Tattoos – Techniques of Application

Tattoos – Techniques, Tattooing is a widely practiced method of body decoration in which markings such as signs, symbols and letters are applied to the body by puncturing the skin’s outer layer and inserting color into it. Whether ancient or modern techniques are used, the skin is punctured with a sharp instrument, now usually an electric moved needle. In earlier times and other cultures, Tattooing required one or more needles fixed to a stick and driven into the skin by slight tapping, the very process that has led to the term Tattoo via the early Polynesian sound – equivalent of the tapping action: Tau Tau.
A variety of methods were used to create tattoos. In a classic example of tribal tattoo evolution, among the Sioux, for example, women would draw a circle or line on a person’s skin with clay, punch the design with an awl, and then rub the blue clay over it. By the time the clay was dry it would have penetrated beneath the awl holes. Among California natives, an old woman would scratch the skin of a subject and rub charcoal dust or plant juice into the scratches for color. Following the contact with Europeans, the Ojibwas drew on the skin with a stick dipped in gunpowder dissolved in water. The figure was then pricked with needle dipped in vermilion and the skin was seared with punk wood to prevent festering. The area would then be treated with an antiseptic herbal wash. These processes often took number of days.

Concerning all tribal tattoo styles, the division in black and white is important. Not only of what has been tattooed must have a good shape but also the parts that have been left Blanc must also be well shaped. Besides, it is more beautiful that the shapes follow your body contours. The balance with tribal and Ornamentals are very important. For this reason, it is important to have a tattoo done by someone who understands the different styles.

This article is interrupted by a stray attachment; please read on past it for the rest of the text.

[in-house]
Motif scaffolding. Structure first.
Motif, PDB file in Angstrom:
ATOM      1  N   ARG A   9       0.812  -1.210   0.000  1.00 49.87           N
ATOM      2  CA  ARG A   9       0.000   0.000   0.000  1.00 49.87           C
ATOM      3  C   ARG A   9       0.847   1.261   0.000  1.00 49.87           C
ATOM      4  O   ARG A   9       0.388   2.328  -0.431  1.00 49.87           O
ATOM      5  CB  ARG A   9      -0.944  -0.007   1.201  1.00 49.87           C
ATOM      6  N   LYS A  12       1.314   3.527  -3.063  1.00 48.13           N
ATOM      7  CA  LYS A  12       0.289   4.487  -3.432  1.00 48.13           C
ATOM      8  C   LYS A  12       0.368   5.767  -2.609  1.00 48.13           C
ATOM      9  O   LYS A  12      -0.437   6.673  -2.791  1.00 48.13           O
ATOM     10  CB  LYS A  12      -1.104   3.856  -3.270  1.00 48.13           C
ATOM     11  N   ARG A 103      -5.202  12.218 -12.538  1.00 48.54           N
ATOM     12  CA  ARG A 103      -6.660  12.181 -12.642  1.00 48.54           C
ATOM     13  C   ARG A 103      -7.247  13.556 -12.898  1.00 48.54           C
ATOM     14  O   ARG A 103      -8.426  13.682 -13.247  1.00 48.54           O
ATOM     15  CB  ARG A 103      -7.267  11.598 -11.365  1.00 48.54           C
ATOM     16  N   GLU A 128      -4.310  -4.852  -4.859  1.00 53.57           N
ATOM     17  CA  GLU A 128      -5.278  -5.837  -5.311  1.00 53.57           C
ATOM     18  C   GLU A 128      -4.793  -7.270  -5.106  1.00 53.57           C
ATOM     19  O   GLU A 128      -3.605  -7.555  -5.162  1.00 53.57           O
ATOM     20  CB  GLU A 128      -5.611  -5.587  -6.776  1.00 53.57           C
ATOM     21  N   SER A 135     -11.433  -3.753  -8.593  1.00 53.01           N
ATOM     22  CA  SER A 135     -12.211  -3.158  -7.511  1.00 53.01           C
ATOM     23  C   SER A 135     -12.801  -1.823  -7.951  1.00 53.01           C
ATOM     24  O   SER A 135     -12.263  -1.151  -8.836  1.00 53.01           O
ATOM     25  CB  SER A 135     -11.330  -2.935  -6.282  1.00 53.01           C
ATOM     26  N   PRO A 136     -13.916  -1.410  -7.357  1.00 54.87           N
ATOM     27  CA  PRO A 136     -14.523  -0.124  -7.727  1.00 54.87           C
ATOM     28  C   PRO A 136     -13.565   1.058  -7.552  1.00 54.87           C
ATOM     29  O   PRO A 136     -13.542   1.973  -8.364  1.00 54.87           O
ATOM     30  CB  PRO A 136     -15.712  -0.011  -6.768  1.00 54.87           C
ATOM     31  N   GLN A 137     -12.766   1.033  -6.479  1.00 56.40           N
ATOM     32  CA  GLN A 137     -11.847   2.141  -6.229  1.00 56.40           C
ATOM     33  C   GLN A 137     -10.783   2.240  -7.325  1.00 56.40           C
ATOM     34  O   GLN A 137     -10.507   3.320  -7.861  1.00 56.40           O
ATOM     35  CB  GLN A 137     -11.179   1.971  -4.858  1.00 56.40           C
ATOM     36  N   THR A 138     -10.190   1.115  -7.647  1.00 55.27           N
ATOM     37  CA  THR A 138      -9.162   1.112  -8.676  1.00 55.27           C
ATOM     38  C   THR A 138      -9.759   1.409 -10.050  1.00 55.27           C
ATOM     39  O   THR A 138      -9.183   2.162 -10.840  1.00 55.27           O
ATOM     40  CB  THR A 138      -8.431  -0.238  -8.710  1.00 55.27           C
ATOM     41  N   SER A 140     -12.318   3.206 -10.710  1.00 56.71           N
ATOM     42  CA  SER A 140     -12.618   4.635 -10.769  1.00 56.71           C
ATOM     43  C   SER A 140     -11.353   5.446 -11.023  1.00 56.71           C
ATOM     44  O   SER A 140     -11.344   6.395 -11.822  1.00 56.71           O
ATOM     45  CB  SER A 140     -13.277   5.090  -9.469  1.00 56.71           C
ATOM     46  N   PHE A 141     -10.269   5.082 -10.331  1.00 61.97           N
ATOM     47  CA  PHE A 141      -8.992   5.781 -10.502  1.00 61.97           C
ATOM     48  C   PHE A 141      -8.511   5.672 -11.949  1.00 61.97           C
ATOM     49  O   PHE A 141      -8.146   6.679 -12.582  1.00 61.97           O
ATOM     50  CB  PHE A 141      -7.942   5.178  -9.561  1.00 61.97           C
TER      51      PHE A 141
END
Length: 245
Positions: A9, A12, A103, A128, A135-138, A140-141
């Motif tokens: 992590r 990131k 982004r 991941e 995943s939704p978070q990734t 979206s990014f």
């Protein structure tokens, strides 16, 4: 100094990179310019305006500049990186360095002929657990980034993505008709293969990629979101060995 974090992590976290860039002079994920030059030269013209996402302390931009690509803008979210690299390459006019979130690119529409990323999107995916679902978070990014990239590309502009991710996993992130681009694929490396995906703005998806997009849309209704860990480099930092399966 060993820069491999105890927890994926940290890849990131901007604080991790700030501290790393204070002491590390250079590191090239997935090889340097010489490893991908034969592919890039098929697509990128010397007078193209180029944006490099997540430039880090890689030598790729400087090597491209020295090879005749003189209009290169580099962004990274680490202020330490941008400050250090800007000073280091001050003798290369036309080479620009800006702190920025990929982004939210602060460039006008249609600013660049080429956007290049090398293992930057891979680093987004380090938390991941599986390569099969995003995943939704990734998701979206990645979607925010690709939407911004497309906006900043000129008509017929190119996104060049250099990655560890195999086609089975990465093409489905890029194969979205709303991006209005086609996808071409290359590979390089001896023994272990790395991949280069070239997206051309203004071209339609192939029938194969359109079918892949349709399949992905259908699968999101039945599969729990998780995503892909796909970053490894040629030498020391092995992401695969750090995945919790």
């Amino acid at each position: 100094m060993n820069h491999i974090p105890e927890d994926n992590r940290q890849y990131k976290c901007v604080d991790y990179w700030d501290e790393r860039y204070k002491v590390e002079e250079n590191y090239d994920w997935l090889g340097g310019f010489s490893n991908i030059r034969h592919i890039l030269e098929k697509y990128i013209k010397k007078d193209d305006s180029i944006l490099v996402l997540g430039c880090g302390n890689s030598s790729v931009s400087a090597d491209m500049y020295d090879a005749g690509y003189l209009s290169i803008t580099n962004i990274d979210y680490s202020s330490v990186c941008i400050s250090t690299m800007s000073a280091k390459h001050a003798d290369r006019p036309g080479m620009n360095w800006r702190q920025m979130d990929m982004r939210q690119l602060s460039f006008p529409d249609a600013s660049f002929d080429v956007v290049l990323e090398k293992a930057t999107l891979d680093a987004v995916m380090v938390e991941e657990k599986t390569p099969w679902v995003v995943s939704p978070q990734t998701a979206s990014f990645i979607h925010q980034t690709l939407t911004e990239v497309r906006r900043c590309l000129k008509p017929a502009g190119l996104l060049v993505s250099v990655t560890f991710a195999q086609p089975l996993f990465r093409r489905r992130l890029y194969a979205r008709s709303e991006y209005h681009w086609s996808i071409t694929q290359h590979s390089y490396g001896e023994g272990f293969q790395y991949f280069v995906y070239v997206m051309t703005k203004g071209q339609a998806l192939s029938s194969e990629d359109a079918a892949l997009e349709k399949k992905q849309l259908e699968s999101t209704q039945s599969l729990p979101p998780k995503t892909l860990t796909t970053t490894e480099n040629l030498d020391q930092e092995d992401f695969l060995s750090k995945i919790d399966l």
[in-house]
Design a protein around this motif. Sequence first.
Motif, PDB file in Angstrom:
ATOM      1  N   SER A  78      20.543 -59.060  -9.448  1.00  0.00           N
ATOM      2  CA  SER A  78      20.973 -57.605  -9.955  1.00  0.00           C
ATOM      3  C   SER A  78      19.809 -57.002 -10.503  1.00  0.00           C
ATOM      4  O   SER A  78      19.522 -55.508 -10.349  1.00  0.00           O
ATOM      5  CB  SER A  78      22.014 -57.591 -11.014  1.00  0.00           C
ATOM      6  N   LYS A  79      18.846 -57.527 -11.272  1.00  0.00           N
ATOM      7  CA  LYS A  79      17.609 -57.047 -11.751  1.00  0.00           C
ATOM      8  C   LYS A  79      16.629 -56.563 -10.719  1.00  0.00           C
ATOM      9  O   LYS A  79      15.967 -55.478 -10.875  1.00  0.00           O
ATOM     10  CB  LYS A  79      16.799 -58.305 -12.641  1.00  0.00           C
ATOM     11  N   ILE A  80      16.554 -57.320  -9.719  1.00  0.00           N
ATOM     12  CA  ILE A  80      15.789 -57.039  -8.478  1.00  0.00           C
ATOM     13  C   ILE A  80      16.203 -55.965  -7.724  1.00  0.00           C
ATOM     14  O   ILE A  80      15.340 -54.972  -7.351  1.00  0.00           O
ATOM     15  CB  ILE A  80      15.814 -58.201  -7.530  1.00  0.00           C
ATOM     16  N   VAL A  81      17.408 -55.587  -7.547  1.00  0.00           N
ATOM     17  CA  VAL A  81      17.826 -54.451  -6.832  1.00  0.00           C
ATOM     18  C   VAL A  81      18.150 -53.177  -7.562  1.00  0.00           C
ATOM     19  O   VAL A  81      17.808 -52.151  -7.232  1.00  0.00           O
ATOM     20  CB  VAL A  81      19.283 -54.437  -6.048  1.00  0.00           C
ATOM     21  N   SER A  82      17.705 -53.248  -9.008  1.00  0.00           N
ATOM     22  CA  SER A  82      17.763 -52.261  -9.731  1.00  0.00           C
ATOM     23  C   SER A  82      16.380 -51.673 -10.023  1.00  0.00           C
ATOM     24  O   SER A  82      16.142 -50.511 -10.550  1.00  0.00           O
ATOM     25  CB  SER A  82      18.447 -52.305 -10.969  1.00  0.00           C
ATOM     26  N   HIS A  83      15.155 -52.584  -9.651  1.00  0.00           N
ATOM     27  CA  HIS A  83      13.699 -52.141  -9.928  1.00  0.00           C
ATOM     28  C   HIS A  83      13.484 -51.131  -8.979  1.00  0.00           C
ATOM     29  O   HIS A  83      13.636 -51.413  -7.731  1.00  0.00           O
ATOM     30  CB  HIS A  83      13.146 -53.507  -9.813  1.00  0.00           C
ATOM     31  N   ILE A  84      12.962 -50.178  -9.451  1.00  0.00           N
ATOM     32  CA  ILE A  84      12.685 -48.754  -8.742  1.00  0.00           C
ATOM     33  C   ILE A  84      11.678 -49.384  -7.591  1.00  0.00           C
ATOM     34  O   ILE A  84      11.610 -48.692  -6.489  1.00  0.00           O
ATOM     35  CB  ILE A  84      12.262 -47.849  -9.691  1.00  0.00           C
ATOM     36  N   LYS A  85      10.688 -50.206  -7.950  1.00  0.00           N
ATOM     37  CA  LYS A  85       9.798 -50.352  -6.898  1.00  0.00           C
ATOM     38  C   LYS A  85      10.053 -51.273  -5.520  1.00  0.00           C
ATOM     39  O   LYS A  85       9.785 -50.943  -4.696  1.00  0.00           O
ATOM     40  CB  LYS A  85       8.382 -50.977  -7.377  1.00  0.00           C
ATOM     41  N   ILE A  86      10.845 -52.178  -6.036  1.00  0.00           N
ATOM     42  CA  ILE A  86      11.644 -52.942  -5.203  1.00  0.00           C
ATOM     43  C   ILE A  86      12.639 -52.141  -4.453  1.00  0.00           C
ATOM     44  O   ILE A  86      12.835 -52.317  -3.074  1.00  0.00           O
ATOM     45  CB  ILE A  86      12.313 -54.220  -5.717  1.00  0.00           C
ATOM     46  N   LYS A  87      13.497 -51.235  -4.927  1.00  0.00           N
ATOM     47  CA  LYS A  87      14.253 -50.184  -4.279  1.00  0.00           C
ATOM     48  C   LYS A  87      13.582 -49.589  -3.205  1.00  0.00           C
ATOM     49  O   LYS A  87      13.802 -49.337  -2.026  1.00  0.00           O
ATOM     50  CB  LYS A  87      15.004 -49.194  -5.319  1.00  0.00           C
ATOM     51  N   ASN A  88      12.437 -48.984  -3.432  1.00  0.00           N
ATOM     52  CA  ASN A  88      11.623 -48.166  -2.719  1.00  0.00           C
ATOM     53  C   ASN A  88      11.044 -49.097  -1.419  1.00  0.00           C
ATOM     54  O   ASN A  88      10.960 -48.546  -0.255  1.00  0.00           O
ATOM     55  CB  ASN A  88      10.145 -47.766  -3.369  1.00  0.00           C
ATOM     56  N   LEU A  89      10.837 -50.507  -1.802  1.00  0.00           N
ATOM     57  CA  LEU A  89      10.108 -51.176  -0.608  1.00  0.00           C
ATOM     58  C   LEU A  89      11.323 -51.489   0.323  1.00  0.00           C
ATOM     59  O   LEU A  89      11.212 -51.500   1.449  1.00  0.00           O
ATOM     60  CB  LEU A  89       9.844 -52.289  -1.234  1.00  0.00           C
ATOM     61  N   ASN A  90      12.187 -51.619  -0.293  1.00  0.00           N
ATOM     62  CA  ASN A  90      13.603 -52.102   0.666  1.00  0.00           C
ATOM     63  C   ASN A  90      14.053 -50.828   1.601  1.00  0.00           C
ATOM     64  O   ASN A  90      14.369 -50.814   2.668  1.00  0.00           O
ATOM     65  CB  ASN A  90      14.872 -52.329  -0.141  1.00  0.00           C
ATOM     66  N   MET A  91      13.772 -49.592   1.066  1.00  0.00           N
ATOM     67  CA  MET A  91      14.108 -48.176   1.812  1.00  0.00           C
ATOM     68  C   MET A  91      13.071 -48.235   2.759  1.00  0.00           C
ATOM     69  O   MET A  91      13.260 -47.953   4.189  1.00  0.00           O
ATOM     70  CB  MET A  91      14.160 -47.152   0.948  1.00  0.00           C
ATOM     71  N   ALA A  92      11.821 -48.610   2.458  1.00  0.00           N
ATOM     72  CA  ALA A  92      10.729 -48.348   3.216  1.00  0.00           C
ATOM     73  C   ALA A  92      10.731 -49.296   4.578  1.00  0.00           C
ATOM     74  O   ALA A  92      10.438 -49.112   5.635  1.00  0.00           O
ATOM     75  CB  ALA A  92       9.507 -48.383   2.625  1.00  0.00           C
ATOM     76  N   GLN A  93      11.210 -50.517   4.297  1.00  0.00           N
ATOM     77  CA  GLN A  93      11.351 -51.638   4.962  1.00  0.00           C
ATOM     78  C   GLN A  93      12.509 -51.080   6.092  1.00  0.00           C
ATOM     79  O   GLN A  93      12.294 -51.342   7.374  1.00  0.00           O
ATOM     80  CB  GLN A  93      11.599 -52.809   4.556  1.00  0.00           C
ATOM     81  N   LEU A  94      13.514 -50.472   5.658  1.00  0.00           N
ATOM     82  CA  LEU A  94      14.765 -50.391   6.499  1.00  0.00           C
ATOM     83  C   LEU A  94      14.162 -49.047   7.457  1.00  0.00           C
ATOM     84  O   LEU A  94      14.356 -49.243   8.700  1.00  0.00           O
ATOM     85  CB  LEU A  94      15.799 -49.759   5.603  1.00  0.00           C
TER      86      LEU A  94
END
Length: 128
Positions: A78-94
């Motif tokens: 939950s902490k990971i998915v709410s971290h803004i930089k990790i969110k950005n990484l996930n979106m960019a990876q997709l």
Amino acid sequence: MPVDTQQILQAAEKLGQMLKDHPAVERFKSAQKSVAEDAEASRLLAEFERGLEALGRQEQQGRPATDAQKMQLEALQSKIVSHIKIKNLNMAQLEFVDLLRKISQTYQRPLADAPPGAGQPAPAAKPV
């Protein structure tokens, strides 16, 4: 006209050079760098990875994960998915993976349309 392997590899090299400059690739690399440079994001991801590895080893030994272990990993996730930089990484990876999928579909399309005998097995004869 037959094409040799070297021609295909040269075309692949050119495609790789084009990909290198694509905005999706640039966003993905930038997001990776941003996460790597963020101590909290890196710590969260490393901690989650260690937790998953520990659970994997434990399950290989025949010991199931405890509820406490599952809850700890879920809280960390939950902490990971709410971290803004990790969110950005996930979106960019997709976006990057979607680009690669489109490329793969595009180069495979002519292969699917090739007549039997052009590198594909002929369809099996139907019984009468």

In technical terms, tattooing is micro-pigment implantation. Tattoos are a type of body modification. A tattoo is a design in ink or some other pigment, usually decorative or symbolic, placed permanently under the skin.
The origin of the word Tattoo is usually traced to the Tahitian taut or tatau, which means to mark or strike. The term tattoo is now universally used, even if it is referred to, in any specific language by some other word.

The most popular scientist Thomas Edison designed the pioneering electric engraving pen, which was developed further by Samuel O’Reilly in 1891. Today, the most common method of tattooing is with an electric tattoo machine. In this procedure, ink is inserted into the skin via a group of needles that are soldered onto a bar, which is attached to an oscillating unit. The unit rapidly and repeatedly drives the needles in and out of the skin, usually 50 to 3,000 times a minute. Tattoo machines operate on an electromagnetic principle.

All these forms of tattooing are generally of permanent type.
Henna tattooing is a temporary form of tattooing. Henna, a type of herbal plant is made into a paste along with coffee or tea, lemon Juice and sugar and applied on to the skin in various areas. These applications may stay for a few days or months – depending on the Henna quality and the application followed.

This article is written by Dagfinn Rognerud, former Norwegian officer. This article may be reproduced as long as all Live links are included. Dagfinn has several pages about tattoos: [] [] []